Glass

The façade of the Renaissance hotel in L’Hospitalet has a peculiar thermal behaviour. It is based on retarding thermal loss with the concrete wall (thermal inertia), while minimizing the thermal difference between the two sides of this wall with a closed air cavity on its outer side. This closed air cavity has its thermal insulation improved by a reflective membrane coating one of its sides.

Glass, lightness and transparency is the message the façade of this police headquarters was designed to give. It achieves this even though the façade is neither light nor transparent. The horizontal serigraphy combined with the thin eaves projecting shadow over the façade give an image of dynamism. Those eaves are randomly distributed even in the opaque area of the façade.

 

In IEP, the courtyard and the interior office space are perceived as a continuum. This close relationship between inner and outer spaces is one of the most interesting aspects of the building. The façade solution is the resource needed to achieve this. The glass enclosure is freed from any structure just by making the glass work like plates resting on two supports instead of four.

The façade that closes the south face of the tower seems from the outside to be a simple stick curtain wall that would be of little interest if it were not for the fact that it is photovoltaic. We have dedicated a section to it because of the uniqueness of the space it contains, and the abstraction in the design that this allows. This curtain wall is the enclosure of the elevator core and therefore is devoid of many of the requirements of a façade.

This emblematic building in the London financial district maintains its formal unity beyond the differences in the design of the façades depending on their orientation. The case "Devoid of the human scale (034)" describes the southwest façade of the same building. The southeast and northwest façades attract our attention due to the sobriety conferred by the enormous glazed surface, which is only interrupted every three floors by horizontal bands of stainless steel.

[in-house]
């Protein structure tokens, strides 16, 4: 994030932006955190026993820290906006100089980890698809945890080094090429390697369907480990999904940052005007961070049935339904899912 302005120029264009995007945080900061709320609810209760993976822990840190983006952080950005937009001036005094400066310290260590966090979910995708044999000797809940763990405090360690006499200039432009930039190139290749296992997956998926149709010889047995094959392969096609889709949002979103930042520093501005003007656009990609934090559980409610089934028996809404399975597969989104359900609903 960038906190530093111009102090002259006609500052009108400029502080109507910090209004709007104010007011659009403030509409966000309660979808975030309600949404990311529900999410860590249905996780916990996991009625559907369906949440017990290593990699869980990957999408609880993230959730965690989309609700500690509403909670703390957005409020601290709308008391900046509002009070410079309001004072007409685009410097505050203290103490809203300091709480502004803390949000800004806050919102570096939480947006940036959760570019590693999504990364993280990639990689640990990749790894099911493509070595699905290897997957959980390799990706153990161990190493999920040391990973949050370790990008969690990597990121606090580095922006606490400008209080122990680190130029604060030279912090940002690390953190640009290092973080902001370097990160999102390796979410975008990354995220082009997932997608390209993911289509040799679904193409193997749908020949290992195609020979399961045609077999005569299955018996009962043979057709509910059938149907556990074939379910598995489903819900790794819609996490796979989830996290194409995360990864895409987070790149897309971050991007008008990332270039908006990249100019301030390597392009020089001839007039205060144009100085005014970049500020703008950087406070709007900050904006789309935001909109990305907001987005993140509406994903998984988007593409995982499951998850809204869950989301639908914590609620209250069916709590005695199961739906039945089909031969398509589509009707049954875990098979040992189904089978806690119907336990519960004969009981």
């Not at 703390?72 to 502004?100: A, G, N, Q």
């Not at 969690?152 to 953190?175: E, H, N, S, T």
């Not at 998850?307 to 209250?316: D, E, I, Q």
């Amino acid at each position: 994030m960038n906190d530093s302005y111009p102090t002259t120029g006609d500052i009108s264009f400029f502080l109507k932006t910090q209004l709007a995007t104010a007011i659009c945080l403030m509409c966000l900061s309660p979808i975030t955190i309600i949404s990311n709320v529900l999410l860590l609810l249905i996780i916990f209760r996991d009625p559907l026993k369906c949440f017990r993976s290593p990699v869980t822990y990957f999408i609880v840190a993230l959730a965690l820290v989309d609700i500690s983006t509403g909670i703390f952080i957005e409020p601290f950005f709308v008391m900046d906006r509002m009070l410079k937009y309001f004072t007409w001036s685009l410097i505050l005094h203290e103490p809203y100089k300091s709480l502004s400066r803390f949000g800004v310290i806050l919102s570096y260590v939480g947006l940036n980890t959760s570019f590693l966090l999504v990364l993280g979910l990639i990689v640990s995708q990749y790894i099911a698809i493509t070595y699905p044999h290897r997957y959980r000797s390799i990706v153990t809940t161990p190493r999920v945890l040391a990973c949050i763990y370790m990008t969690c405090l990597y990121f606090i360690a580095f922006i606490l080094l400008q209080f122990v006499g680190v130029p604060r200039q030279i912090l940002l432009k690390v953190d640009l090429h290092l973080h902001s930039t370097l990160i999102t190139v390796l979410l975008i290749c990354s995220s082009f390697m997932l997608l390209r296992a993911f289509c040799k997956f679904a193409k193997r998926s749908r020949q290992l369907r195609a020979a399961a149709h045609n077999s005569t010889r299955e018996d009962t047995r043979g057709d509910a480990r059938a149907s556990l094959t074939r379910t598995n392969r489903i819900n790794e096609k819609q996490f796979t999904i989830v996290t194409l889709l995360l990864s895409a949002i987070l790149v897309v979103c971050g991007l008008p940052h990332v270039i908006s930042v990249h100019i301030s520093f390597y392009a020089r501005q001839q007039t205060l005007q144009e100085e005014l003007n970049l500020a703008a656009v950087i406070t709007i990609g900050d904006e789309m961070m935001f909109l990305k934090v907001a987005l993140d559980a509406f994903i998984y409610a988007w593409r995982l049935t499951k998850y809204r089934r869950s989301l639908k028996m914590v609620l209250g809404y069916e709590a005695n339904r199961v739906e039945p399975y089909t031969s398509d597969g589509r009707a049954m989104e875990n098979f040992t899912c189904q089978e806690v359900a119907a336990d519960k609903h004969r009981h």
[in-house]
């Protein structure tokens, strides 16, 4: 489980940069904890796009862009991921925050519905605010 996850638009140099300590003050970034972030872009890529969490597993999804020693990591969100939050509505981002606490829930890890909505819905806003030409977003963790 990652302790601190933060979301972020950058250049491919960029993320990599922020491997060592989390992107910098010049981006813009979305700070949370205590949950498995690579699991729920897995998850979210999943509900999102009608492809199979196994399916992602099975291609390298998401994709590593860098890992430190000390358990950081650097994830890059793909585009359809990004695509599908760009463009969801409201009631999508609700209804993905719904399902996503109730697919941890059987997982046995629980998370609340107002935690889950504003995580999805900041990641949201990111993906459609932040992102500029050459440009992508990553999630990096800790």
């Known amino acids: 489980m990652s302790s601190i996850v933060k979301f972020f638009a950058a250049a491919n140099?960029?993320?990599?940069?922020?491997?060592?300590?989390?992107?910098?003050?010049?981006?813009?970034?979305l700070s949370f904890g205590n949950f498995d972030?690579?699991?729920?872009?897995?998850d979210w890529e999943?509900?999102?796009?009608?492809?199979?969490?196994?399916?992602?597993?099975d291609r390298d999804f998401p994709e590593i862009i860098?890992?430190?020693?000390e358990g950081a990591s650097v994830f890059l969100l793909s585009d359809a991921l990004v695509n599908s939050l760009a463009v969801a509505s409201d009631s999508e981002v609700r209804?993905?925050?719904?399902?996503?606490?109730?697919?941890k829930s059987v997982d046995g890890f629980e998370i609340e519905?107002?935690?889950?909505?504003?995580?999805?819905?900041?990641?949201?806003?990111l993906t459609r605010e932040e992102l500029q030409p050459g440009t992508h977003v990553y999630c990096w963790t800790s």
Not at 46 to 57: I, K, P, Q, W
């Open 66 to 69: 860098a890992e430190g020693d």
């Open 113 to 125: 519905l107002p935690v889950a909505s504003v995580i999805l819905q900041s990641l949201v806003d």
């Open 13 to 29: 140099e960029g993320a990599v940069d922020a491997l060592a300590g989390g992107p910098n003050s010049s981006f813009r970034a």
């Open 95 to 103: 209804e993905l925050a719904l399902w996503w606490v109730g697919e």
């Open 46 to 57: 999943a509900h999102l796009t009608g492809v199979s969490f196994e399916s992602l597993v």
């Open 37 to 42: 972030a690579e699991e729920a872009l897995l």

On this occasion, Batlle and Roig resort to a curtain wall in which partial structures are assembled at each slab front without physical continuity between them. Glass panes are then supported over the partial structures to close the façade (have a look at the "Cadireta" curtain wall structure). Each two glass panes are framed with an aluminium frame made of unitized panels profiles. So, is this a unitized façade or a curtain wall one? Maybe it is a mixture of the two?

Beyond the geometric complexity of Libeskind’s architecture, we want to draw attention to this curtain wall without transoms that closes the double height entrance hall of the Grand Canal Theatre.

The objective is to enhance the verticality of the plane through relatively close mullions and the absence of transoms. Unfortunately, the black sealing cord takes on unexpected protagonism among a tangle of white profiles, clear glass and most of the finishes in the hall, which are also white.

The curtain wall that closes the large openings of this public library is solved by seeking the neutrality we spoke about in "Steel mesh reinforced ETICS (019)" in reference to the ETICS solution.

It is difficult to understand the need for building this thick, load bearing, cast in-situ concrete wall hidden behind a light cladding composed of different layers: mineral wool, coloured ribbed plates and glass slats. On the inside, the concrete wall is again hidden, on this occasion by furniture. The climbing formwork system that made this wall possible had to be successively cut to adapt to the changes in the diameter and curvature of the tower. The preparation of the reinforcement must have been equally difficult.

Saint Paul's Crossing building is a good example of using various façade solutions for a continuous glass skin.